This section presents a historic, scientific, and practical review of the schools of thought and modalities of natural medicine. We have compiled the work of experts in their fields into what we hope the reader will find a concise, yet useful, description of these practices and modalities. Because of the clinically oriented and alternative nature of these disciplines, the scientific evaluation of their theories and efficacy has been limited in the past. Happily, published research in natural medicine has increased dramatically since A Textbook of Natural Medicine was first published in 1985.

Although this textbook is strongly oriented to the scientific method and the use of the peer-reviewed literature for documentation of the efficacy of a therapy, these modalities’ widespread clinical use and long history of patient satisfaction demand that they be given a place here even though the mechanisms of action of several have yet to be elicited.

Allow me to translate: we have no idea how, or if, any of these therapies work, even though we’ve “dramatically” increased naturopathy research in the last 30 years. But, feel free to use them anyway because, well, they are being used anyway.

I might be called to task if I were to stand up in front of a legislative body and claim that naturopathic doctors still practice humorism, the long-discredited ancient Greek system of medicine based on the four humors – blood, yellow bile, black bile, and phlegm – and the theoretical basis for the practice of bleeding. But if I held up the Textbook of Natural Medicine and directed their attention to Chapter 49, the NDs would be hard pressed to disclaim it. As I said, there is no richer source for argument against CAM practices than the CAM literature itself. And this is a perfect example.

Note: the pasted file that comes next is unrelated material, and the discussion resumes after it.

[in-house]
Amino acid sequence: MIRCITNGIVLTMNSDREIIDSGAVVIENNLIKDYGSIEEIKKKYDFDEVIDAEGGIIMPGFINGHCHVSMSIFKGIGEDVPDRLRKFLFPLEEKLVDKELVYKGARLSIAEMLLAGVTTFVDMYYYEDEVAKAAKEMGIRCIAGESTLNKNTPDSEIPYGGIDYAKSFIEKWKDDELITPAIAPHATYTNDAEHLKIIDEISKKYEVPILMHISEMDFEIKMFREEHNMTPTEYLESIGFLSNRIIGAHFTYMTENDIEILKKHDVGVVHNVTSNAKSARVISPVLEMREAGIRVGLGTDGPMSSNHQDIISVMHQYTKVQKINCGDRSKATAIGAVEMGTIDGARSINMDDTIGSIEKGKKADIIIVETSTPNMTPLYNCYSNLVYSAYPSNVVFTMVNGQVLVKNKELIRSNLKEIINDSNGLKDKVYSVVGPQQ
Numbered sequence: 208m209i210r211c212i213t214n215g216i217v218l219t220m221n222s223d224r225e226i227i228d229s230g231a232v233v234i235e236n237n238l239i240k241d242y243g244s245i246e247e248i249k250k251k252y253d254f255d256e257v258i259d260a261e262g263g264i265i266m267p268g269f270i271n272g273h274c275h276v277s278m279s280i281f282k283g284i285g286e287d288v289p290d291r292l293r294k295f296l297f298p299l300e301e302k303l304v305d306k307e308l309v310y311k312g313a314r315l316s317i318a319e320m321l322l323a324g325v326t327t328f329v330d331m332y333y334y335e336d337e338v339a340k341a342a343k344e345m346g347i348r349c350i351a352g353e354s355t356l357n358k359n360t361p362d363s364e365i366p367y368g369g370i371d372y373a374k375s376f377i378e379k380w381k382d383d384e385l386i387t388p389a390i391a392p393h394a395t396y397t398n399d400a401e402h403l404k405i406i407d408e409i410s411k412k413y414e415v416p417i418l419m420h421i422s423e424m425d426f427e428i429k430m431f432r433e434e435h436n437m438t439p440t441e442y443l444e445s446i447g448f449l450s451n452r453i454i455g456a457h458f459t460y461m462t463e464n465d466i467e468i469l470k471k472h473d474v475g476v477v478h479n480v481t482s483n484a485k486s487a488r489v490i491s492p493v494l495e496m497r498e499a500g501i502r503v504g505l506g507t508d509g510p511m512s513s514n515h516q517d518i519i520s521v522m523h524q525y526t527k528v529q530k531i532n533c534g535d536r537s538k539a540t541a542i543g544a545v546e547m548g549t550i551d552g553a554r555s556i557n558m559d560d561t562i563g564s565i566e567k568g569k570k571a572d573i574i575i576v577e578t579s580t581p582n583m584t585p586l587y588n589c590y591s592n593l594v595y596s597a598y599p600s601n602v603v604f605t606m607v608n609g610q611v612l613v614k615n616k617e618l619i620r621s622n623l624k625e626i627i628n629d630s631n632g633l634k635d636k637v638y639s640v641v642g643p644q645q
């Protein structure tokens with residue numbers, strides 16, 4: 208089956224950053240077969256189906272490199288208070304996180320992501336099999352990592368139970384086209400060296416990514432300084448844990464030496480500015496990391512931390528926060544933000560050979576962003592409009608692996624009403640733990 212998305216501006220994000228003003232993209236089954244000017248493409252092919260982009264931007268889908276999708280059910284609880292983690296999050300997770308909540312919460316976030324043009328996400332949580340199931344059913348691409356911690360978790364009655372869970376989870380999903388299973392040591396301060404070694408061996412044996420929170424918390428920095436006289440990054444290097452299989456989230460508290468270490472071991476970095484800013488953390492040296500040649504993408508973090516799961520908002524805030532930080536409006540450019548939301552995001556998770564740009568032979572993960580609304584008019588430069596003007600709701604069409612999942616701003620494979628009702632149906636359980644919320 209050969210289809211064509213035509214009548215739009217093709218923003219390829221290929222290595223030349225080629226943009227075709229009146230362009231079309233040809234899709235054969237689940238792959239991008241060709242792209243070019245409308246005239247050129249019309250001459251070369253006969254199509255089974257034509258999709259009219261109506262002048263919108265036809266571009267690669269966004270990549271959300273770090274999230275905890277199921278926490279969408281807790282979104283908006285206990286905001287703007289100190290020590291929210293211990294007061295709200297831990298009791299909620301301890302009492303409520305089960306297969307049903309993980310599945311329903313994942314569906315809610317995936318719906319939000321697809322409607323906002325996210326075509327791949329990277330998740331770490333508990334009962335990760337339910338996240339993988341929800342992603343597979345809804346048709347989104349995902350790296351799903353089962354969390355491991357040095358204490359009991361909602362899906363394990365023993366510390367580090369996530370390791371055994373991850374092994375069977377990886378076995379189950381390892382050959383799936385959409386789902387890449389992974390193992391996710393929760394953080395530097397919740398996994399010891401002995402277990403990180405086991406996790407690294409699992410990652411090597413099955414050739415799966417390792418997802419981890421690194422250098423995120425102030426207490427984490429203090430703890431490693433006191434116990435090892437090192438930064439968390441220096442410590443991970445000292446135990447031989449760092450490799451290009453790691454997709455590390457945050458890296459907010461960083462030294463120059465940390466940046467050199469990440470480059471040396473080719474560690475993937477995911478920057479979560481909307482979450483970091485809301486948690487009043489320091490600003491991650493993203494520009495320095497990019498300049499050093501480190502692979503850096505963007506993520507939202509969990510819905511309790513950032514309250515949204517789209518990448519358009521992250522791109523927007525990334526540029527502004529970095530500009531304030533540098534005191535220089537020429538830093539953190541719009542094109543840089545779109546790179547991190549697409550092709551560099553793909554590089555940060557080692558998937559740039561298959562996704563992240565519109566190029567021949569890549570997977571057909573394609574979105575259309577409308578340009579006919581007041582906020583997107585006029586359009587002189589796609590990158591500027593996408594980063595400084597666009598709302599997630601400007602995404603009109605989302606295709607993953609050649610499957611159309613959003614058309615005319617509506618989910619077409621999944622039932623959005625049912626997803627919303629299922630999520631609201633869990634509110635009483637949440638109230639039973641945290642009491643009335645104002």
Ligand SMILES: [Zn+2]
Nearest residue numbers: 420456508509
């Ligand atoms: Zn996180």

• Jann J. Bellamy is a Florida attorney and lives in Tallahassee. She is one of the founders and Board members of the Society for Science-Based Medicine (SfSBM) dedicated to providing accurate information about CAM and advocating for state and federal laws that incorporate a science-based standard for all health care practitioners. She tracks state and federal bills that would allow pseudoscience in health care for the SfSBM website.  Her posts are archived here.    

Posted by Jann Bellamy

Jann J. Bellamy is a Florida attorney and lives in Tallahassee. She is one of the founders and Board members of the Society for Science-Based Medicine (SfSBM) dedicated to providing accurate information about CAM and advocating for state and federal laws that incorporate a science-based standard for all health care practitioners. She tracks state and federal bills that would allow pseudoscience in health care for the SfSBM website.  Her posts are archived here.